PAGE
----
Cracking the Giving Code
Don't have much of a lede for this one, but then I stumbled on the headline Billy Joel, the Donald Trump of Pop Music - To stave off our spiritual crisis, let’s begin by rejecting pop’s ultimate con man, and holy crap, I can’t do anything BUT read that right now, so I expect you all will as well.
Yesterday I attended an event discussing the new report The Giving Code: Silicon Valley Nonprofits and Philanthropy, where I learned that in Santa Clara and San Mateo counties, the median home sale price is $830,000 while 29.5% of residents require some form of public or private assistance.
The whole afternoon centered on the disconnect between the number of millionaires and billionaires in Silicon Valley, the vast amount of wealth being generated in those counties, and the fact that so many community-based organizations are not on the receiving end of that growth. And with skyrocketing costs of living and the contraction of the middle class, 80% of non-profits report an increase in demand, while most are seeing a rapid rise in operating costs. It’s a tricky conundrum that the report refers to as The Prosperity Paradox.
That’s not to say that SV-dwellers aren't giving. They are: the rate of charitable giving in Silicon Valley outpaces California and the US in terms of % of gross adjusted income. But donations to alma maters and large-budget hospitals command the vast majority of donations and funding, while smaller non-profits are left out of the giving loops. The report provides recommendations for how non-profits and SV donors can connect and make a real difference at the local level, and provides tips on how non-profits can think about cracking the new Giving Code that is establishing itself amongst younger tech workers.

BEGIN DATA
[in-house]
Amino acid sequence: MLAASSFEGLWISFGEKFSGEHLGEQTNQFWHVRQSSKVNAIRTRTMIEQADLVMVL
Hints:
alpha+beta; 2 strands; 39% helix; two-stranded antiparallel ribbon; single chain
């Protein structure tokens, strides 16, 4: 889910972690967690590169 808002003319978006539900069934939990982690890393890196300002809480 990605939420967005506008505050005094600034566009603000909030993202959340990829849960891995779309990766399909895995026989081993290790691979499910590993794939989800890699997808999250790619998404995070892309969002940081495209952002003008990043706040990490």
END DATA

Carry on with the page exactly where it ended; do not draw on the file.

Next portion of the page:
And in other disheartening non-profit news; last week my former employer Alberta Theatre Projects announced that they need $400,000 or they may have to close their doors due to a downturn in corporate funding during the Calgary oil recession.
I totally didn’t mean for this to end on a bummer, so I highly encourage you to read the report if you are interested in locally-directed philanthropy.
And the next time you’re looking to direct your funds to worthy causes, check and see if there are any in your zip code. I know I will be trying to.